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Brighton & Sussex Medical School


BSMS > Research > Neuroscience > Research


Neuroscience research at BSMS encompasses all areas of the central and peripheral nervous systems. From laboratory through to clinical studies, our research explores the function of the nervous system in both health and disease.


Aligning Dimensions of Interoceptive Experience (ADIE)

We will test if a new therapy, which we call ADIE, can help people with Autism Spectrum Conditions (ASCs) avoid developing anxiety disorders.

The therapy limits anxiety feelings caused by the way we respond to ‘arousal’ changes inside the body during stress (e.g. fast heartbeats).

People with ASCs are, in general, more likely to develop anxiety problems on top of lifelong difficulties in dealing with other people. We have shown that people with ASCs often misjudge when and why changes in the body (e.g. heart rate) happen, and are more affected by such inner bodily changes. This combination of being less accurate and more sensitive to bodily arousal causes more anxiety. Our ADIE therapy trains people to be better at judging heartbeats and more confident in interpreting bodily arousal, to decrease anxiety feelings.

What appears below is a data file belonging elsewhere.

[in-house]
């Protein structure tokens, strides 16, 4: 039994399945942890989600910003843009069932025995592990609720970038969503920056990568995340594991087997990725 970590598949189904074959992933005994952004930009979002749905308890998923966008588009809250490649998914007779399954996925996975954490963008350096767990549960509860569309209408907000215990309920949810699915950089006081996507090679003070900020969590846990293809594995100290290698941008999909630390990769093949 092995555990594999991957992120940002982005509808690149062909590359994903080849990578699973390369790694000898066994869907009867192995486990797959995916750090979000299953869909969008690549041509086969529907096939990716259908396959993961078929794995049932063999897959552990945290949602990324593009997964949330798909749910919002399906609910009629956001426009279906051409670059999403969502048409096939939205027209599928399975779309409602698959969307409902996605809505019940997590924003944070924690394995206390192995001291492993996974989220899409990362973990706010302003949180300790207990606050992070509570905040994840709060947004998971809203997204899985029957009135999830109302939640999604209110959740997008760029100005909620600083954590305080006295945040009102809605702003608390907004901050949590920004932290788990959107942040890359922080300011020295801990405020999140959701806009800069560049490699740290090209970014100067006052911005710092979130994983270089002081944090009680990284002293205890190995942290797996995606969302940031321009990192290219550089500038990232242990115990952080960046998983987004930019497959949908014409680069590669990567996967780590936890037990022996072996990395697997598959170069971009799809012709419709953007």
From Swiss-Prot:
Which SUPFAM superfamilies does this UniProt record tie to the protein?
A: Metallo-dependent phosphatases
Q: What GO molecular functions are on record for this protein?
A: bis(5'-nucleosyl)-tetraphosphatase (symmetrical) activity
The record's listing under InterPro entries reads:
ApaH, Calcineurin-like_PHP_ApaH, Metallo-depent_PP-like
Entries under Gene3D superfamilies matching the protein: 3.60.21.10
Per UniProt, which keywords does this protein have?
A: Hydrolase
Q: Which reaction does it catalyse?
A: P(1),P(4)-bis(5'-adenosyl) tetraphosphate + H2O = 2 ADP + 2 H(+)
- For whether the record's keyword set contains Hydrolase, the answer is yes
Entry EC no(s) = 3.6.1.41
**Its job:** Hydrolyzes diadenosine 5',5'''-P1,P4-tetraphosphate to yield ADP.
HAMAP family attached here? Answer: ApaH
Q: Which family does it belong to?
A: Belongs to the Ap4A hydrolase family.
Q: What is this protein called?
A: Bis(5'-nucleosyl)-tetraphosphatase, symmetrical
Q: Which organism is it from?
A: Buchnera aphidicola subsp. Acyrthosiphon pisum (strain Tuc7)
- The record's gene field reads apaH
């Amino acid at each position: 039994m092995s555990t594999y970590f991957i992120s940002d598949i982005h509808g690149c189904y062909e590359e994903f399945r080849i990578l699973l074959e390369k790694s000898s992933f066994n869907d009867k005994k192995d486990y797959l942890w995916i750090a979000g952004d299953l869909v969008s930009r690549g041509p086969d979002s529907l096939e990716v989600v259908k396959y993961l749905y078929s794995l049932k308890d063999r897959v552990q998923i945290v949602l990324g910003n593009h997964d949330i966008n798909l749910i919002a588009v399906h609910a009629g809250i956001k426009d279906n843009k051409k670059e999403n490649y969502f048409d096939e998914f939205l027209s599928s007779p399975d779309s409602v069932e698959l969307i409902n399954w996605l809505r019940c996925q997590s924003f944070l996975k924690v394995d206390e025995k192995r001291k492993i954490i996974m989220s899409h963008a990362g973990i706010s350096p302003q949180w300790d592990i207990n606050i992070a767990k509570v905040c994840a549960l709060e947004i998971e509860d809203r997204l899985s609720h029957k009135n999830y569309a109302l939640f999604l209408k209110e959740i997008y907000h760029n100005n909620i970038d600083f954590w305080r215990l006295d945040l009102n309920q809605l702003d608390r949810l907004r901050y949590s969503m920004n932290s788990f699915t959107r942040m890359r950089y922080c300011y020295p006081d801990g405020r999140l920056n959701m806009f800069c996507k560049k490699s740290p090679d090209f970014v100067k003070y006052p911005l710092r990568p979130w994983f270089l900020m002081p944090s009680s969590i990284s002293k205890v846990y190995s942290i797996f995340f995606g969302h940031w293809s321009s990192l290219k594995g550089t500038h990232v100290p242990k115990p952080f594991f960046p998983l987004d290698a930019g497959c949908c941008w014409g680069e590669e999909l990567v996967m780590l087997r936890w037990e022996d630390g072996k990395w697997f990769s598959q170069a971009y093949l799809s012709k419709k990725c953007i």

We will test if ADIE therapy reduces the chance of people with ASC getting anxiety problems. The therapy employs a finger monitor to measure heartbeats, linked to a computer that runs the tests and training. Part of the project involves making an easy-to-use computer ‘app’ for patients and therapists to use ADIE therapy in every day clinical practice.

Some people are likely to respond to ADIE therapy better than others, so we will also use research brain scans to see if we can understand why, and therefore how we can improve the therapy for others. These research scans will also ensure that doctors become more aware that people with ASCs can benefit deeply from psychological therapies.

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Voices in Borderline Explored (ViBE)

We are investigating the psychological and brain mechanisms underlying voice hearing experiences in people with a diagnosis of Borderline Personality Disorder (BPD)/Emotionally Unstable Personality Disorder (EUPD).

We know that voice hearing is common in people who receive a BPD/EUPD diagnosis, but unfortunately this is often not recognised by mental health professionals. Very little research has been done to understand what these experiences are like for people with BPD/EUPD. We are hoping that this research will increase our understanding of voice hearing, and lead to the development of new therapies for voice hearers with a BPD/EUPD diagnosis.

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